Coming to China seemed like a no-brainer. In spring 2010, after four years of comfortable shelter at a small private liberal arts college, I wasn't mentally prepared to enter the economic storm that was and still is the post-recession job market. So as an affordable extension of my "Global Studies" major, I came for a semester of Chinese and stayed for two. Then part-timing as an English tutor became a full-time gig. After a two-month summer break, I came back last fall excited to have narrowly escaped a gruelling stateside job hunt.
I'm not alone—the Middle Kingdom has become a shining beacon of hope for students and recent grads looking for that "I speak mandarin" edge, as well as discouraged individuals looking east for a brighter horizon beyond this tedious and often hopeless "jobless recovery."
If that was you before you came to China, maybe you can relate: I call what I've recently been recovering from "GAGS"—Grass is Always Greener Syndrome. It's characterised by disproportionately high-grade homesickness, low-grade anxiety about future prospects after China and an accompanying sense of slowly getting "stuck here." Symptoms include Craigslist perusal, China bashing, China loving, more China bashing, expat intolerance and Facebook Friends Dismorphic Disorder (the feeling that Facebook friends are all having good times, enjoying their burgeoning "real" careers and leading more meaningful and productive lives than you).
The million dollar question at the moment is, "Why am I here?" Now that I've settled in, it seems even more obvious that teaching English is not my career. A lot of days I feel like I'd be better off back home. I start thinking about the opportunity costs of staying here and asking myself questions like, "Am I screwing myself over by living here, missing opportunities that I couldn't possibly know about unless I was home? Do I have an expiration date? Is China my metaphorical professional quicksand? Will I become an "old China hand" if I don't get out soon?"
On (not) coping
Such questions are admittedly overwrought. I am here because I choose to be here and I can just as well choose to leave. I have that agency. If I felt like I was loosing it, I'd be gone in a heartbeat. Sure, I'd have to face a daunting job hunt but I can't deny that I have choices.
The problem is learning how to cope — no small task since homesickness and anxiety are fuelled by being here and simply being here is the x-factor that makes finding good coping mechanisms more difficult. It's been said before, but expat bitch sessions are not a helpful coping mechanism. Going off on random people due to one too many "cultural differences" — also not a useful coping mechanism. As for drowning one's sorrows with cheap beer and baijiu, it should go without saying that self medication is probably not the way to go.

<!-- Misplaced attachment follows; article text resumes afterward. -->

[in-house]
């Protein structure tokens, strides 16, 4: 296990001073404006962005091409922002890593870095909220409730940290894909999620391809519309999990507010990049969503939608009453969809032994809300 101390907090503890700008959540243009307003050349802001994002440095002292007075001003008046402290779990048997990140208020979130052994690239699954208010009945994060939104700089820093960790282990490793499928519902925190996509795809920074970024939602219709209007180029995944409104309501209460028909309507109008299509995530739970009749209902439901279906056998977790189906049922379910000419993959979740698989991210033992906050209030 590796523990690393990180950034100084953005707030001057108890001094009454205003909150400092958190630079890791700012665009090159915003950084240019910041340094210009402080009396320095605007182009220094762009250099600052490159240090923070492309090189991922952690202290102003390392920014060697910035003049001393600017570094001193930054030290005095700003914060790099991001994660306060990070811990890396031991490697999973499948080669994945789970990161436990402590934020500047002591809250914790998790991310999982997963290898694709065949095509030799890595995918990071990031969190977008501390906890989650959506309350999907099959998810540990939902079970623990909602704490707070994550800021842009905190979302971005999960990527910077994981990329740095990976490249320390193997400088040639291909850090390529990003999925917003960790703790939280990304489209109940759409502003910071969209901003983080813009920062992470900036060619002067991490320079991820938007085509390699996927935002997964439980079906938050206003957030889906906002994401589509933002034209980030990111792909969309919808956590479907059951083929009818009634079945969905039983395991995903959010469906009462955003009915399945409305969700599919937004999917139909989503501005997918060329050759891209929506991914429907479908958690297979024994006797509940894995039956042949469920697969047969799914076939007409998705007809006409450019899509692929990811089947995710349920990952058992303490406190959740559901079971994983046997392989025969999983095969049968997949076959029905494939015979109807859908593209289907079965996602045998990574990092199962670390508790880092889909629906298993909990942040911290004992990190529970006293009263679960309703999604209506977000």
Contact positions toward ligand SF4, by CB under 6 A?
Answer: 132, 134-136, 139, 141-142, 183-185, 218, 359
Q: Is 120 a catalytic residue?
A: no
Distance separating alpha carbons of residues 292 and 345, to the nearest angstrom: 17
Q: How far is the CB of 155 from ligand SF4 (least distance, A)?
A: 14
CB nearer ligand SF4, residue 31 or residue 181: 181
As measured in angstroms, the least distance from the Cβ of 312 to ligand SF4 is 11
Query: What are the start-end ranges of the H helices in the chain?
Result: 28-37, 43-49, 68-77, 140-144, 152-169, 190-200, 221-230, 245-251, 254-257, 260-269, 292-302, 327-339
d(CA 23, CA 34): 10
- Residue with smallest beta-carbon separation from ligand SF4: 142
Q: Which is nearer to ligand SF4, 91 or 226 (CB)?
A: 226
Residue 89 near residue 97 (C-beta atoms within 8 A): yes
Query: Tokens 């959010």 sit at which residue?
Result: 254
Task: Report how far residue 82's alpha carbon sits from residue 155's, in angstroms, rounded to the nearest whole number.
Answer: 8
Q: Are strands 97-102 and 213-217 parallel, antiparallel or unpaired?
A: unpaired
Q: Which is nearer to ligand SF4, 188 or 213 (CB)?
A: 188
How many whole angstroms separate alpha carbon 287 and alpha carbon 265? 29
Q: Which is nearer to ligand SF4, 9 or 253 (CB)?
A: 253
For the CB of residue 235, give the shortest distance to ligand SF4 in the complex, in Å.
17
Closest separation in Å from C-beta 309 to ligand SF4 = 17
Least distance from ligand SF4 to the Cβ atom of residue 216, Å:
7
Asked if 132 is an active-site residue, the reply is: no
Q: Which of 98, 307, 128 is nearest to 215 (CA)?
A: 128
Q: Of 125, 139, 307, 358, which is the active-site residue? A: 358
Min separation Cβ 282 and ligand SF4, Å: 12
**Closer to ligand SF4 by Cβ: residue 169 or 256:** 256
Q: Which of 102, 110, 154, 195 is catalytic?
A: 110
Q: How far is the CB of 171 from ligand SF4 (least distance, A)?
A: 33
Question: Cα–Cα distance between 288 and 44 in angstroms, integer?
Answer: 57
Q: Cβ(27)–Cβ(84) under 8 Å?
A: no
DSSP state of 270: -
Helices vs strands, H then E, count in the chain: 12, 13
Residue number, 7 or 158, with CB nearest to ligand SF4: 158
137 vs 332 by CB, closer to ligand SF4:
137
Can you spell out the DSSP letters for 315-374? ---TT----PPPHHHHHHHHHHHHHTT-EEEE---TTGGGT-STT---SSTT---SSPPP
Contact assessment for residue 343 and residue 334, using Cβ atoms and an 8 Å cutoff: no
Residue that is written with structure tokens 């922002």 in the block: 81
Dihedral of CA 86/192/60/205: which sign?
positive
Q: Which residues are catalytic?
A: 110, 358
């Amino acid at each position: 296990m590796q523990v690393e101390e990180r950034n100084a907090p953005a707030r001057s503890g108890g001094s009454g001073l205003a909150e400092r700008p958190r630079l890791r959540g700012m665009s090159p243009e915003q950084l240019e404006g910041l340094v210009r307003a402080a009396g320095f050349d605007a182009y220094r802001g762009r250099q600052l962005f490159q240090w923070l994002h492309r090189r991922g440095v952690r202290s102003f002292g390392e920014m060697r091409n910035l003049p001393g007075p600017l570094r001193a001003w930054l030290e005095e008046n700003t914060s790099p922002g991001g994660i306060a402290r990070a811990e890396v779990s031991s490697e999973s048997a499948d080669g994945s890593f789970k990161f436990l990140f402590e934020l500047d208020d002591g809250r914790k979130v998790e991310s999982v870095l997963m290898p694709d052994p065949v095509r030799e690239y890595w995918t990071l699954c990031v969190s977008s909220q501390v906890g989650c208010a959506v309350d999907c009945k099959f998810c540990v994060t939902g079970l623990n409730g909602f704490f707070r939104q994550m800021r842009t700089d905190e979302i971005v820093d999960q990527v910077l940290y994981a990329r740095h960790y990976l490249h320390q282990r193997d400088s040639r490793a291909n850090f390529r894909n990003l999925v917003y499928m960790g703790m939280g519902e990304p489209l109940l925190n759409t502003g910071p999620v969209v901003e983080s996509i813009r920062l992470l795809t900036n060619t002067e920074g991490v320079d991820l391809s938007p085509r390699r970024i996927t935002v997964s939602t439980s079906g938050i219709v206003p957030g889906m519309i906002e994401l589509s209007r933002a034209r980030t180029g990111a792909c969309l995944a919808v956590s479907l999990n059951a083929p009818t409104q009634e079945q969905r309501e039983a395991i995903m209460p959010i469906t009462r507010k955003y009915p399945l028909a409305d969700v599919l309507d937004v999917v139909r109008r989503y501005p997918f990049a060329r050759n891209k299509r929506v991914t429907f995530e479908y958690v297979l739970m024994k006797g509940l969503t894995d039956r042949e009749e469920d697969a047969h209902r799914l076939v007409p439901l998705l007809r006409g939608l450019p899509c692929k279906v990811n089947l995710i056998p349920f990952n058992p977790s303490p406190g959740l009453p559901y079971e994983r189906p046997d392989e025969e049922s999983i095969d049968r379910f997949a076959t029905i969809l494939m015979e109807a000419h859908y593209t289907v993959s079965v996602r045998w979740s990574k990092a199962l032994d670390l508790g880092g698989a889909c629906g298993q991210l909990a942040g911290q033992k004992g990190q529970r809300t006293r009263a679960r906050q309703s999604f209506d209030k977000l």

I'd feel insincere if I didn't admit it — venting and isolating myself from China sometimes feels good. As far as I'm concerned, the things that enrage me about Chinese society are mostly inexcusable. I sometimes like to console myself in my knowledge that I am in the right when I feel something is downright wrong. I am human. Furthermore, I refuse to be an apologist. But here's a caveat: being negative isn't necessary.
The burden of negativity
If not emotionally, at least cerebrally I recognise that things wouldn't be magically better back home. I'd be a foolish romantic if I thought that was the case for at least two reasons. One, I'm here because things aren't 100 percent rosy back home. Lastly, as a member of the American society I bear part of the burden of responsibility for my own culture's shortcomings. I know from experience that when I go home the novelty of clean air and home cooking will fade but those facts will remain.
That doesn't mean that I'm going to flog myself for failing to forgive China while dreamily thinking of America from the polluted city I call home-for-now. To some degree, that tendency is inescapable. We are, all of us, guilty of regarding the problems of other societies more critically than our own. But while self-flagellating is unnecessary and unhelpful, we should make a concerted effort to approach this society without the burden of negativity.